(more professionally known as the feed conversion ratio)
((more personally known as.. HOW much did we pay to raise that bird??))
We are using an electrified fence similar to what was discussed in the pig blog post, though this netting is taller, with smaller openings, and delivers a much more mild shock. Though truth be told, we have found they basically ignore what is outside the fence when there is so much food, freedom and fun to be had inside the fence!
If any of you ever find yourself in the need of moving 100 chickens from one place to the next, let us give you this piece of advice; do it at night! Chickens are flighty creatures, who don't like to be chased, and especially not captured. After the chickens have set-up shop for the night and have gone into a snoozy doze, they rarely stir as you pick them up and bring them to their new home. This also helps them to adapt better to a new home as they wake up in a new space. We then kept them locked-in for the day so they got a strong sense of homey protection, especially as they were sung to sleep by Coyote's Song.
We will continue to watch and learn the woodland way, so you can expect more plant geek babble from us farmers through the year. As well, as we develop our Vision Page, you will be able to find a more in-depth discussion of our woodland management strategy. For now, enjoy the images below, as these farmers need to get ourselves back into the field.
We were seeking a breed that had a strong instinct for livin' la vida Pasture, and boy did we find some pasturing fiends in this lucky lil' group of 7. They love rooting around, eating grass, and stealing each others grubs. But most of all, they love their Pig Palace Grandeur! (see video) This was the visionary brain child of Farmer Rye.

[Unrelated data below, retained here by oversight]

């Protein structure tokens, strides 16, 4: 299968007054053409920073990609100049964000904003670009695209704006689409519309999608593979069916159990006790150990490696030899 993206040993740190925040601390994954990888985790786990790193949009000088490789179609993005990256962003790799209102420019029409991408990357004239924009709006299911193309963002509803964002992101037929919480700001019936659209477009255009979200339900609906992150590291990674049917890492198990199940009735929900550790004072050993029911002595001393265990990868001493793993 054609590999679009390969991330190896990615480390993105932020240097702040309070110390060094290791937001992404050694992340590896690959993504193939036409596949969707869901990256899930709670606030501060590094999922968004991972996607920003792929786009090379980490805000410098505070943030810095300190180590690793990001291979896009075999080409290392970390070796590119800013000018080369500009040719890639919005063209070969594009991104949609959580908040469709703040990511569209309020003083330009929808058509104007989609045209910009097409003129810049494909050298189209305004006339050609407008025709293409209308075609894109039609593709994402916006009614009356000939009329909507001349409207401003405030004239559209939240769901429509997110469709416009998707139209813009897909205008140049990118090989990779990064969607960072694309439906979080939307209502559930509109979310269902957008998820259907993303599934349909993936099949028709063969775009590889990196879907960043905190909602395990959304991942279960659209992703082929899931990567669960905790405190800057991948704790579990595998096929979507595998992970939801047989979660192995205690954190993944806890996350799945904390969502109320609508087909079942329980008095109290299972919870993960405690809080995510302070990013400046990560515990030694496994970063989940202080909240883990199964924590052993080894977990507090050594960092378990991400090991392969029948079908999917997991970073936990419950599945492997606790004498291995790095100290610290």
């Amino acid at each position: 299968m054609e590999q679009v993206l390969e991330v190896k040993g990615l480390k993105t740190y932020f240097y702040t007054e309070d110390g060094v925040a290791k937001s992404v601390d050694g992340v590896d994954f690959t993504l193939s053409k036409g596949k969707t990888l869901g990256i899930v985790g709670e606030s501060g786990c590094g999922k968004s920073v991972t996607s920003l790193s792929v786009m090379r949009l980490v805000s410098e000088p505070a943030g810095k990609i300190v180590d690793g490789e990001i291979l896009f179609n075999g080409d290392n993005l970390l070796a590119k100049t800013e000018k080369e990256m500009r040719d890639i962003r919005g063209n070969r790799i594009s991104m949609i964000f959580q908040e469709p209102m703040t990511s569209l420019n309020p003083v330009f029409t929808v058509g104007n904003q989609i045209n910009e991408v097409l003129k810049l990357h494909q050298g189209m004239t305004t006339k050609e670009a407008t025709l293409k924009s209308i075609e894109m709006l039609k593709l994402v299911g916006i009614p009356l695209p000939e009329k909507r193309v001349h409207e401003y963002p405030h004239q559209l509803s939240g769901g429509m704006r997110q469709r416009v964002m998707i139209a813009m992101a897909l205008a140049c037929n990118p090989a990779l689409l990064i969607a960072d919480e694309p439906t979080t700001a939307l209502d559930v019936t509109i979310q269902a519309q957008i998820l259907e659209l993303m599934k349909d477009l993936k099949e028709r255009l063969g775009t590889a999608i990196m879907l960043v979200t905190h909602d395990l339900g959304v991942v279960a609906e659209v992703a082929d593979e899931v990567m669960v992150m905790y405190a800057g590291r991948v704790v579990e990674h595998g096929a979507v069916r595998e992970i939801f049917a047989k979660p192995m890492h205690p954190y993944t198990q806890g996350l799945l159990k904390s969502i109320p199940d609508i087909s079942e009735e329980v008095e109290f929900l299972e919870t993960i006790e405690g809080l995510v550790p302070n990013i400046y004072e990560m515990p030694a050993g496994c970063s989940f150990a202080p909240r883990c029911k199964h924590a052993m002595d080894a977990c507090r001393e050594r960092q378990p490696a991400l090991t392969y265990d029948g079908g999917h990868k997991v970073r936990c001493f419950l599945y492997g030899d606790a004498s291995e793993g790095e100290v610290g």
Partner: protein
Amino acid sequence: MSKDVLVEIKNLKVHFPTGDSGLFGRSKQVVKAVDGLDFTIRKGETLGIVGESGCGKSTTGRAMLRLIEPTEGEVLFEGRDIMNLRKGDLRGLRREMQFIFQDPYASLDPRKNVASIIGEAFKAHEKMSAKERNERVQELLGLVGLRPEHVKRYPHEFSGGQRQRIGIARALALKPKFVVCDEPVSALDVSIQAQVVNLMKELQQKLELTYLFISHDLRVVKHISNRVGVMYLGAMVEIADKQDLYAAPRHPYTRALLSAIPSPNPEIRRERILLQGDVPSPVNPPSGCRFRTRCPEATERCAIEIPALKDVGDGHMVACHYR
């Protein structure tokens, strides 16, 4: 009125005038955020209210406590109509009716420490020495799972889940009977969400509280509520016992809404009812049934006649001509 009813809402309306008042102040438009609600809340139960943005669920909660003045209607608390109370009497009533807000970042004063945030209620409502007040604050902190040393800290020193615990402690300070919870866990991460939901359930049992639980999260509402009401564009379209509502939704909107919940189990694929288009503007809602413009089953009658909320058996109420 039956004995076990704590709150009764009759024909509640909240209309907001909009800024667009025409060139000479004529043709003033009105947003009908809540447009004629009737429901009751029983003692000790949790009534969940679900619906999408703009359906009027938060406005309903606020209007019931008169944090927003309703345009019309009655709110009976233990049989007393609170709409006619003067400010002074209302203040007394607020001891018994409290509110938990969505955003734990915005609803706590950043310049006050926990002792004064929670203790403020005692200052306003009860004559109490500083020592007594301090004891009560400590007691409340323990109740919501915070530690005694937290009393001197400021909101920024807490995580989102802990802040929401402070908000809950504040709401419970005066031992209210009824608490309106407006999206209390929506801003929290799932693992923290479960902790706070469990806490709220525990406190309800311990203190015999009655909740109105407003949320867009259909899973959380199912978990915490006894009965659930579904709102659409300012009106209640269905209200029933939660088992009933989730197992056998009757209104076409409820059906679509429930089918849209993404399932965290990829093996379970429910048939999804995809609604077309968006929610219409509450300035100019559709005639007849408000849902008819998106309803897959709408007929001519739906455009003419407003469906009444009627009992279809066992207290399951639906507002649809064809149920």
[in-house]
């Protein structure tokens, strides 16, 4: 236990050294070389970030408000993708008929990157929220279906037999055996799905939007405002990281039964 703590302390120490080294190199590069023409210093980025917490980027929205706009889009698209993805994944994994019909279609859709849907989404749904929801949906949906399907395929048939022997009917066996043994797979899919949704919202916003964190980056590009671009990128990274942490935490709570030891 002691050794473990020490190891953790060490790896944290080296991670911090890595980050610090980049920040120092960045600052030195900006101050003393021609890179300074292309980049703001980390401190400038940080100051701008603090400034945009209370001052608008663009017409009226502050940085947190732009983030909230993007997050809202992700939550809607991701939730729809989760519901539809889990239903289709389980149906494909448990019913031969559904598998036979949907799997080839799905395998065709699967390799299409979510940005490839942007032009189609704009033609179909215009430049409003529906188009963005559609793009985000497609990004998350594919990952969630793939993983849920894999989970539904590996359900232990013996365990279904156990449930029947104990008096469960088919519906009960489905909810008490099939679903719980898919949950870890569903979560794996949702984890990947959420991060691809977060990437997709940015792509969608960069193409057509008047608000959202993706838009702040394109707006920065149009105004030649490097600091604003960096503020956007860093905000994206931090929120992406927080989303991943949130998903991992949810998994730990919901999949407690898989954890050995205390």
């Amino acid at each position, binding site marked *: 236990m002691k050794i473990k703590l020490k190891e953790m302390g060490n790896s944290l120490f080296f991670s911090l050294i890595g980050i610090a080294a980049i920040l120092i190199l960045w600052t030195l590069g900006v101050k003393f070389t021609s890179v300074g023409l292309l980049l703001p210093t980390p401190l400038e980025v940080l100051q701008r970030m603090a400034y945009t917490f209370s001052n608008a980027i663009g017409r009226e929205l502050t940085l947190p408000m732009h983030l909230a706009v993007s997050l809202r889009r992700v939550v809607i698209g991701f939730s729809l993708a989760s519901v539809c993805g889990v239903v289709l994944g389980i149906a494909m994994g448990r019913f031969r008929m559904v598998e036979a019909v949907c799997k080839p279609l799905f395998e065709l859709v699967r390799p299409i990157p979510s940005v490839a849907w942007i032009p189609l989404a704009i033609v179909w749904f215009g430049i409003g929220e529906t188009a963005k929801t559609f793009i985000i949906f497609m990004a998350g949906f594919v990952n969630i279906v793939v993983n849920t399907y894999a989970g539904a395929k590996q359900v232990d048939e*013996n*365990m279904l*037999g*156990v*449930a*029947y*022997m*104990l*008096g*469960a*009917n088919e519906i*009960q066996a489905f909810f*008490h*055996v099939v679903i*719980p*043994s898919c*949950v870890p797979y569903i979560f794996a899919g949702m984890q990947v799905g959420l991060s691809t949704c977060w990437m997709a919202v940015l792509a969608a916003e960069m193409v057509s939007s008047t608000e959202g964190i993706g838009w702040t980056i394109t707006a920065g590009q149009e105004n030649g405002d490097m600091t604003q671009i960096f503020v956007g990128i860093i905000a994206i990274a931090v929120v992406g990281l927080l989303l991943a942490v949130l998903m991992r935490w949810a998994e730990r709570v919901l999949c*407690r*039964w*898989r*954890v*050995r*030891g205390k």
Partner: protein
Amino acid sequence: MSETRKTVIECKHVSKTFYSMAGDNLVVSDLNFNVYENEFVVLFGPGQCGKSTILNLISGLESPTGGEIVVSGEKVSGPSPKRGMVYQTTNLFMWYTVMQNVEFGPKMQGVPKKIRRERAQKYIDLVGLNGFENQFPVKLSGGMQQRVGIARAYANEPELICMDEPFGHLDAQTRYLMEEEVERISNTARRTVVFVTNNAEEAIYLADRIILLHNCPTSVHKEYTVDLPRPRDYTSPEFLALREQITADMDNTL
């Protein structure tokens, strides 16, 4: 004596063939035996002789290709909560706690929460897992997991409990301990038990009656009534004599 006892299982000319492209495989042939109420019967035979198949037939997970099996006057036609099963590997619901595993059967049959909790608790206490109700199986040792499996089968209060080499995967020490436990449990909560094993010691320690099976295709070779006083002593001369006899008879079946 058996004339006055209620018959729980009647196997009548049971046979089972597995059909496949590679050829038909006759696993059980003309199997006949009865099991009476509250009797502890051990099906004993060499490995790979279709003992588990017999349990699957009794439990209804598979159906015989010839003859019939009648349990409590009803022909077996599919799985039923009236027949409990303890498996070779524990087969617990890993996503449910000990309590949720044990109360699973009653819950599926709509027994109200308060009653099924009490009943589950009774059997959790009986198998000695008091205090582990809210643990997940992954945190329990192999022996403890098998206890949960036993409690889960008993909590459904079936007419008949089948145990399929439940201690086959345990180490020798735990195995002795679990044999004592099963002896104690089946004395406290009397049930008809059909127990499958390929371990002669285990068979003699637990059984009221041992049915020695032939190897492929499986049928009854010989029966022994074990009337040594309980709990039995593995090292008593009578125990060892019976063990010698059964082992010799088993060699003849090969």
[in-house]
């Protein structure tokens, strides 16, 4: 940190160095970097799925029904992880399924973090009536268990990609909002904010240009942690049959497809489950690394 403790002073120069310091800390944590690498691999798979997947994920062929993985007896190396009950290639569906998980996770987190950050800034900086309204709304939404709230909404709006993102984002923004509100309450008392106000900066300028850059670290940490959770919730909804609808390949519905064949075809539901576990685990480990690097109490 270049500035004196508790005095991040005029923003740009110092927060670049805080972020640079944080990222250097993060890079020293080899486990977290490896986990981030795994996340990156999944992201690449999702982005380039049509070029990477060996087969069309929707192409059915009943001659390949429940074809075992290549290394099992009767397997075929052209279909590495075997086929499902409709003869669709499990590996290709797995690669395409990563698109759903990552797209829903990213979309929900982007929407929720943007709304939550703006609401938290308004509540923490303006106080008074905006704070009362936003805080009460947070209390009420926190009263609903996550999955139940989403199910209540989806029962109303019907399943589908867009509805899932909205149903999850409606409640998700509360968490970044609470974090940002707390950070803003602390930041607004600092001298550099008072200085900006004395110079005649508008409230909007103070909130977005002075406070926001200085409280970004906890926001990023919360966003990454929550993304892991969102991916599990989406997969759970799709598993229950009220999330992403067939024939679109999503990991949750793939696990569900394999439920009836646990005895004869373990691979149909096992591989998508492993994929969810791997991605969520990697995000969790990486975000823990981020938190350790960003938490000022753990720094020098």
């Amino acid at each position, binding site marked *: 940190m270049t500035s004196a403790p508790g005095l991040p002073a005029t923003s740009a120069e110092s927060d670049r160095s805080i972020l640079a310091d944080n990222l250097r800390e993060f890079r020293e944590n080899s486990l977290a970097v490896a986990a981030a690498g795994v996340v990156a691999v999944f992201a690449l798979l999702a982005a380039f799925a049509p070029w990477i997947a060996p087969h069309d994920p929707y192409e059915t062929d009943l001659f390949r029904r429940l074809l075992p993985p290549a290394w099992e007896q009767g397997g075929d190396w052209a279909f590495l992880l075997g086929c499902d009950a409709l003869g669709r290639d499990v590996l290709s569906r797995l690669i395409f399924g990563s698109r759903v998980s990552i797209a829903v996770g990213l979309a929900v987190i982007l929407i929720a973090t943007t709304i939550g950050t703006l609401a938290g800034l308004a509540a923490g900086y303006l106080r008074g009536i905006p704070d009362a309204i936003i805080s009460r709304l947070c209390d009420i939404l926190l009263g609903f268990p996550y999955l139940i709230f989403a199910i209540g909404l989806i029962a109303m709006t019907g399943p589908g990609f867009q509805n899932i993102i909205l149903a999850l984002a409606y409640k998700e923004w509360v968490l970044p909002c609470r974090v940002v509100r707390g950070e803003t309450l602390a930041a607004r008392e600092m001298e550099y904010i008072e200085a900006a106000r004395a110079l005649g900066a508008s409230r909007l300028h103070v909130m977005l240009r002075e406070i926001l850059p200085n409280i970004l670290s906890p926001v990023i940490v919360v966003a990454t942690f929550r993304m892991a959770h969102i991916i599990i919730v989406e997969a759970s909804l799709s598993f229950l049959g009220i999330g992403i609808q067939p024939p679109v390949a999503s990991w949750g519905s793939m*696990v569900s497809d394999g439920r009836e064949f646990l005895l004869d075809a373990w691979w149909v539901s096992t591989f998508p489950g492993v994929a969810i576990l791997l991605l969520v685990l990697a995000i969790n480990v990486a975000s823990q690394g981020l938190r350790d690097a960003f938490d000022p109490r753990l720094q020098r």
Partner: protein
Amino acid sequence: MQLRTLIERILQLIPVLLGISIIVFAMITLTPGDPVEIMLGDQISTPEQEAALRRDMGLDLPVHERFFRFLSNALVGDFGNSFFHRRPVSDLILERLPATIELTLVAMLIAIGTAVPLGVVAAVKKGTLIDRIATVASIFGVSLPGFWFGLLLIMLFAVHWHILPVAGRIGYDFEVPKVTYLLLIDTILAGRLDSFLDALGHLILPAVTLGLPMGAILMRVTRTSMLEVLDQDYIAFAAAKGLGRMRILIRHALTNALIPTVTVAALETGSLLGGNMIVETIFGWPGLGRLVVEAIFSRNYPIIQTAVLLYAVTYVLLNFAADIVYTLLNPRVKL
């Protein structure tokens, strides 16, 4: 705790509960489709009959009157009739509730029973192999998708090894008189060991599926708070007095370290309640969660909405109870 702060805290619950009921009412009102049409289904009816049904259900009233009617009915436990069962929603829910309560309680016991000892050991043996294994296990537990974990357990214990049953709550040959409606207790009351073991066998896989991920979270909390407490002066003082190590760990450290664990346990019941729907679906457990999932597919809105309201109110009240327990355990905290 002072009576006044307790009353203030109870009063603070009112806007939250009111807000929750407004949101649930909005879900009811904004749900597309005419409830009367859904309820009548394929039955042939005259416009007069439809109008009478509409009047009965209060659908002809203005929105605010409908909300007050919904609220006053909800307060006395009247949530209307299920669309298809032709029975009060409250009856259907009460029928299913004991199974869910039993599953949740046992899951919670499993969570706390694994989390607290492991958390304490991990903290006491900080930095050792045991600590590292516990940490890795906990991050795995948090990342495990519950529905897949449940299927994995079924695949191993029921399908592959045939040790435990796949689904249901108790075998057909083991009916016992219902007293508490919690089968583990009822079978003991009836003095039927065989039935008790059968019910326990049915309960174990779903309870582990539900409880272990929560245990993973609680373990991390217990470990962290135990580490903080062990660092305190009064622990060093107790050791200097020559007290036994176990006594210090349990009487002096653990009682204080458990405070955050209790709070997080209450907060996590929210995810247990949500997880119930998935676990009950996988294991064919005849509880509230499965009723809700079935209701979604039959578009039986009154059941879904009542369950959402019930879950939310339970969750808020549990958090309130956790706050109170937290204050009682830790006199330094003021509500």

The pigs will play an absolutely vital role in the Fresh Starts Farm operation. We will use their natural tilling power, combined with their desire to leave their manure wherever they go, to enhance soil fertility in our fields. As we look to expand our current vegetable production area, we will be putting that land into a succession of cover crops, running pigs through to eat and till up the cover crops, seed in more cover crops and repeat the cycle. Over the course of the season this will help to reduce weed/grass population in that area, while adding great fertility. As well, we also have close to 40 acres of clover/grass pasture which the pigs will rotate through.
Watch these lil' guys in action below!
However, it is not only in our grass/clover pastures and cover-cropped future vegetable production areas that these little pigs have a role. For on our 160 acres we have 65 acres of woodland that are filled with Oak Trees. For those of you familiar with the infamous acorn-finished Black Iberian Pigs in Spain, I am sure the salivary glands are running full steam ahead. For those not familiar, let's just say there is something mystically delightful in the relationship between acorns and mouth-watering pork. Our woodlands have a wonderful mix of Northern Red Oak, White Oak, Northern Pin Oak and Burr Oak. We aim to slowly move towards running the pigs through the woodlands in the Fall to feast upon the fallen acorns, and producing a regionally re-known pork product.